Mid-range: On average, you can expect to pay around $50 to $75 for a bed alarm. As the price rises, the quality improves, and features such as wireless connectivity are more prevalent.

Expensive: Full-featured alarms cost $150 to $200 and more. At the highest prices, you can find full systems with both chair and bed capabilities, in addition to advanced features such as longer-range wireless connectivity and call buttons.


  • Be careful about magnets. Sensors that use some form of magnet, as clip sensors often do, should not be used with a patient who has a pacemaker.
  • Position the pad correctly. Smaller bed alarm pads can be used either under the hips (to alert you when a patient is trying to leave the bed) or under the shoulders (to alert you when the patient is trying to sit up).
  • Look for a bed alarm with a built-in alarm delay. This is useful for sleepers who toss and turn frequently, because the delayed alarm will return fewer false alarms.
  • Check the alarm volume. A bed alarm with adjustable volume is useful in that it allows you to set the alarm to a level that’s right for you: loud enough to hear but not so loud that it scares or annoys the patient.
  • Consider floor mat sensors. These can be placed next to the bed, alerting you when your loved one steps on the mat while trying to rise from the bed.

Other products we considered

The choice of a bed alarm system is an important one for both your loved one’s safety and your peace of mind, so we want to include a few more here that we really like. The Smart Caregiver Pull-String Alarm is an inexpensive option for use with chairs or beds. This simple pull-string monitor features both a low-battery light and variable volume. The Patterson Medical Sammons Preston Medical Alarm is another string/clip sensing system that won’t set you back too much. Its compact design belies a top volume setting that is loud enough to reach you wherever you are in your house. Another quality option is the Smart Caregiver Wireless Bed Alarm, which offers a complete system for monitoring both bed and chair. It has an AC option and a wireless range of up to 100 feet.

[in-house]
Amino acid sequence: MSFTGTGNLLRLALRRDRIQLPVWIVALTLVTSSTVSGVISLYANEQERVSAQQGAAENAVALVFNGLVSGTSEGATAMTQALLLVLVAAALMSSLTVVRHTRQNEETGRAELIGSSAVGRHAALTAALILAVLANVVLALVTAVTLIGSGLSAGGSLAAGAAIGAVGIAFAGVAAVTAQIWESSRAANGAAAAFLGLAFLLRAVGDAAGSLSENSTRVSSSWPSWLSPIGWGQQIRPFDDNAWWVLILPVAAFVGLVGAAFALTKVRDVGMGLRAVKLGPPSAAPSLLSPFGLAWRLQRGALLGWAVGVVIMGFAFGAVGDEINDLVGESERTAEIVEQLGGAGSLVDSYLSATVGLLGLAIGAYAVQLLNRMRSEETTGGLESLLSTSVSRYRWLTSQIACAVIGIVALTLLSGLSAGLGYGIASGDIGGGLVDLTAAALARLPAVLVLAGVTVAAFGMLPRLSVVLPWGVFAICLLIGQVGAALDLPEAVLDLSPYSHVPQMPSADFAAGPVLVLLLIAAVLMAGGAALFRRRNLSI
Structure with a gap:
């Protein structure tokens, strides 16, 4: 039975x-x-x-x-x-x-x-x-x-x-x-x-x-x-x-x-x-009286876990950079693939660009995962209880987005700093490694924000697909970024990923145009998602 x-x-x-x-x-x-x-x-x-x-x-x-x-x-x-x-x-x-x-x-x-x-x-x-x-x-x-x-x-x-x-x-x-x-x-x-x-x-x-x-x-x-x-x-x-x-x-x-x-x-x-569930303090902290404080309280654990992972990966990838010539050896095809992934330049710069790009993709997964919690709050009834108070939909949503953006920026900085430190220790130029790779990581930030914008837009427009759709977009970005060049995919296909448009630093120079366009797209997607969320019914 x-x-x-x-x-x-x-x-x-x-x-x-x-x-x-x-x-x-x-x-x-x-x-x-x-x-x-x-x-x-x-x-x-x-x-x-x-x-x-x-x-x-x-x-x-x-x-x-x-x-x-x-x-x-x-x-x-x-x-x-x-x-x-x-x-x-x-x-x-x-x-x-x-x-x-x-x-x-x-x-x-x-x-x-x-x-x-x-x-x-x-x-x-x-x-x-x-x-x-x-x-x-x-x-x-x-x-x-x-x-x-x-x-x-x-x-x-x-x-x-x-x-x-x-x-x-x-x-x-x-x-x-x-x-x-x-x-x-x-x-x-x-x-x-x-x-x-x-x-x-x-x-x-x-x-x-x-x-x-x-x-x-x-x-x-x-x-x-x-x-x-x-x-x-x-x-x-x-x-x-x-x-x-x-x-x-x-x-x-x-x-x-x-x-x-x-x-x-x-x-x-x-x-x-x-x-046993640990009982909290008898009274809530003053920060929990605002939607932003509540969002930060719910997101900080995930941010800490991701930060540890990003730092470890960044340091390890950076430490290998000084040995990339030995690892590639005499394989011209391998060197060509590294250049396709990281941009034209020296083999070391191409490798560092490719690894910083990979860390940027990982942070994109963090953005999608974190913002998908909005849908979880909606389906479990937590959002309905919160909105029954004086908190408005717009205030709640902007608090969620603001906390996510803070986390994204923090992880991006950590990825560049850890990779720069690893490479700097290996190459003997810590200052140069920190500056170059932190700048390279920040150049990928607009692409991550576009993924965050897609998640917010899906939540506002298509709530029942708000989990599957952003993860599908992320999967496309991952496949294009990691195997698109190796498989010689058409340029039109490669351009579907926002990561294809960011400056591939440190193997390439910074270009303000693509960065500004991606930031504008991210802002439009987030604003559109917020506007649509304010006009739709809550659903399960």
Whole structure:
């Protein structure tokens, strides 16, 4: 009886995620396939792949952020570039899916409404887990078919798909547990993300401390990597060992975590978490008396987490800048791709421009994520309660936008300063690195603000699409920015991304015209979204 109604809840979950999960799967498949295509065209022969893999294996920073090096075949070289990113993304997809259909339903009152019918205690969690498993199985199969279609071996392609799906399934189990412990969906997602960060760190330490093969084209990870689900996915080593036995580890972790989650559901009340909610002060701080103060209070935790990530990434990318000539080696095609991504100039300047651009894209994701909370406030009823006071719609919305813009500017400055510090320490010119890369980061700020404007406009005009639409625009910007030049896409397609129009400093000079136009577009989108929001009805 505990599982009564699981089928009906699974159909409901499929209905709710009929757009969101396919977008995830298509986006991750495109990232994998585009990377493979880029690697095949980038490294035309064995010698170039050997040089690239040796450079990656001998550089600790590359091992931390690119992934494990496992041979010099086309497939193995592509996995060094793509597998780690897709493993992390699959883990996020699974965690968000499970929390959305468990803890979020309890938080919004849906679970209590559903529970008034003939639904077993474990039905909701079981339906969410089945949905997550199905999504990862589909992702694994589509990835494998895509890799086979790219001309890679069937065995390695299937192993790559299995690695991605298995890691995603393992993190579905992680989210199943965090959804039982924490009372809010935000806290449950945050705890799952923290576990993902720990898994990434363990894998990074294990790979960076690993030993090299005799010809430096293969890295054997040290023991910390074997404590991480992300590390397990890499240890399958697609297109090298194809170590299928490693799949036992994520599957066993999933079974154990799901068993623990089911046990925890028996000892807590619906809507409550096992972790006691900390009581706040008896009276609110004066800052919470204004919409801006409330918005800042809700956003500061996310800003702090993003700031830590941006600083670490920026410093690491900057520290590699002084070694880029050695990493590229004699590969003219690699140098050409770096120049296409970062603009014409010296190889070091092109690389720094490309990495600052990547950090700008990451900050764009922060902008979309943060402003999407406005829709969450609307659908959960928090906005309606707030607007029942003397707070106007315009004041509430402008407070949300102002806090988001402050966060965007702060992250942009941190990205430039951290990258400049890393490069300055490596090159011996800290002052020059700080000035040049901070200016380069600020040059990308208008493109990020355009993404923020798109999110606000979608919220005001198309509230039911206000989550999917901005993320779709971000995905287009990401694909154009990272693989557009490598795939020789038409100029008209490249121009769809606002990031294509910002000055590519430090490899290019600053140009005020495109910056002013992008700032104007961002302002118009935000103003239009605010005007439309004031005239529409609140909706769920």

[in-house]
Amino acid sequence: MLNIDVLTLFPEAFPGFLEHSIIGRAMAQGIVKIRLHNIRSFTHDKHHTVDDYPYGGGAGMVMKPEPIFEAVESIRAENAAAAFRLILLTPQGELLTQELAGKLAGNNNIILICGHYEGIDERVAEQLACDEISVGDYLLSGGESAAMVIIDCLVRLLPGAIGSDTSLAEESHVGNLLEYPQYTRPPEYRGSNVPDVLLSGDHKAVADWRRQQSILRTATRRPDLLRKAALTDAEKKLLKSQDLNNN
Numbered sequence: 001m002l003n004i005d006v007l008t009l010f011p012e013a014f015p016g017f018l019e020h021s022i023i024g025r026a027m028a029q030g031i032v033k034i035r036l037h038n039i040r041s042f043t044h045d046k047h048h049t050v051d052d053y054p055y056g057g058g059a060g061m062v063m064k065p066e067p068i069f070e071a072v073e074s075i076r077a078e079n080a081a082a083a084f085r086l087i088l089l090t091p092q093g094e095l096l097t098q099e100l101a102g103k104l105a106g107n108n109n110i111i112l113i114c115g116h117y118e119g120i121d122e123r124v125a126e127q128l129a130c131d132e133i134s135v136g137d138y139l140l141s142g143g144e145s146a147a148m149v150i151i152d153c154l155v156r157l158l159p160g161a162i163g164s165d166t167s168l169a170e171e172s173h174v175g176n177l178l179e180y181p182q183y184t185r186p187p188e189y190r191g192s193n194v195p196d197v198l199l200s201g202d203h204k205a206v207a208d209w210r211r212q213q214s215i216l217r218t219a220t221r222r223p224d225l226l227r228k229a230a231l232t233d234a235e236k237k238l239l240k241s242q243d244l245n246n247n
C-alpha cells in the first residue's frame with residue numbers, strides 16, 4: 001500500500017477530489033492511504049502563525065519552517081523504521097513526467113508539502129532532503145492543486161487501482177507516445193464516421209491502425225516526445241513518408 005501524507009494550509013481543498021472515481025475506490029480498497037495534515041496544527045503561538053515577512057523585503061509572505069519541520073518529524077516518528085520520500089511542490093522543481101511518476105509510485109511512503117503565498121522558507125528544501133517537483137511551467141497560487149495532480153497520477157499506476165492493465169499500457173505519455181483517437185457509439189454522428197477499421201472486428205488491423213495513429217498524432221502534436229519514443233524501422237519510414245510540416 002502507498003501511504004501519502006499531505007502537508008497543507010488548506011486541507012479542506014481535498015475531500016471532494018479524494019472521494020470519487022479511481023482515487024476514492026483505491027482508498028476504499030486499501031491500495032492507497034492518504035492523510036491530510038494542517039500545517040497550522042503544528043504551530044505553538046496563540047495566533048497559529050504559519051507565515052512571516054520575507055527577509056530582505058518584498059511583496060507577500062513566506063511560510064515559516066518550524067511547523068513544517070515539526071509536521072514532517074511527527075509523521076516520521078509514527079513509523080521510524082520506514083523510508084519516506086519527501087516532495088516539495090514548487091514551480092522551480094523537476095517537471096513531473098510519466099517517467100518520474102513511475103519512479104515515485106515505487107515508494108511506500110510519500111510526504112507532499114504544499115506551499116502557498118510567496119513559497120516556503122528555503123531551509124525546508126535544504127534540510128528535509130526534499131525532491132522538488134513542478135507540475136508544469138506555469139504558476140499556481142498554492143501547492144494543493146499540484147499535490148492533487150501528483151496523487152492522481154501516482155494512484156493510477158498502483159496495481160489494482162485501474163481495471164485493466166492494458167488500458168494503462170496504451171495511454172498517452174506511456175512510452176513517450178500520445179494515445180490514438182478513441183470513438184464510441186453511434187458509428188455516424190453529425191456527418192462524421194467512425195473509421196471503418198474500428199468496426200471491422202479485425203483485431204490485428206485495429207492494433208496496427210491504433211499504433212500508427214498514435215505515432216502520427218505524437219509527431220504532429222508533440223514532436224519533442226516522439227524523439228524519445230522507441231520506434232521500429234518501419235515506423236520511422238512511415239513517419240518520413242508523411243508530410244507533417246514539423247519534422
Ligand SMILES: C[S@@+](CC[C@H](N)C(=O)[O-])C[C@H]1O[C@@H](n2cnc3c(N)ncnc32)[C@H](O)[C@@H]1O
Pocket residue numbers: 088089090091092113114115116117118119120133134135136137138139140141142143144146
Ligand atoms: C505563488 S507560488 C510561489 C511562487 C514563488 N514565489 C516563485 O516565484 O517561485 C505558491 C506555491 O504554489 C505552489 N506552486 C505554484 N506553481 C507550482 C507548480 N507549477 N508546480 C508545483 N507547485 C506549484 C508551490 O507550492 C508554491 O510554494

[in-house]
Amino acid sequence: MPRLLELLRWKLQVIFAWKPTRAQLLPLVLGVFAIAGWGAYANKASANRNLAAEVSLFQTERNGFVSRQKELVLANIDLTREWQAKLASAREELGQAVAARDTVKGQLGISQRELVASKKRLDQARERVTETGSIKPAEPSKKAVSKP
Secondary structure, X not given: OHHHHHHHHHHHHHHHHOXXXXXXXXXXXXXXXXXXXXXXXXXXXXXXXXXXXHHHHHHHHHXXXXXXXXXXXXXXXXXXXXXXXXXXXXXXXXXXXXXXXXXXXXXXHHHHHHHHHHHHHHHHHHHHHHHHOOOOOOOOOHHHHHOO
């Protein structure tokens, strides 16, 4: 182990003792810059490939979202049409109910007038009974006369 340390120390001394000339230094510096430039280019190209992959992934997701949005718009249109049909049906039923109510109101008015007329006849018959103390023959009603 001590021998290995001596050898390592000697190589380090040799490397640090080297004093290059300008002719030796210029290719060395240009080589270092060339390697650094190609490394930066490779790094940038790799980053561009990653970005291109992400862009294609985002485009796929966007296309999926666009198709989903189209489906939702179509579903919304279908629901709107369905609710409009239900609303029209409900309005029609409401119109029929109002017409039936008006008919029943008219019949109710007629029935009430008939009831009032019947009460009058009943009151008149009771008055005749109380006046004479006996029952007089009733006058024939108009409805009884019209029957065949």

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A bed alarm is a better option to keep your loved one safe than bed rails, which can result in serious injuries if the patient tries to climb over them.


Q. Will a bed alarm run during a power outage?
While some bed alarms do offer an AC option, most are powered solely with batteries, so power outages should prove to be no problem. To really protect yourself, be sure that you purchase a bed alarm that has a low-battery warning light, so power outages of all types won’t be an issue.

Q. Are bed alarm pads waterproof?
Any pad-based bed alarm that you consider should clearly state that the pad is waterproof. This is an important feature to have, particularly if incontinence is an issue.

Q. Does a bed alarm continue to sound an alert once a person has gotten out of bed, or does it only sound once?
This is one factor that varies depending on the model of bed alarm you buy. Some of them continue to go off until you reset the alarm, either on the monitor or the sensor itself. Other bed alarms offer a minimal alert, usually in the form of one or more tones that do not repeat, requiring you to listen carefully for the tones.

Other Products We Considered
The BestReviews editorial team researches hundreds of products based on consumer reviews, brand quality, and value. We then choose a shorter list for in-depth research and testing before finalizing our top picks. These are the products we considered that ultimately didn't make our top 5.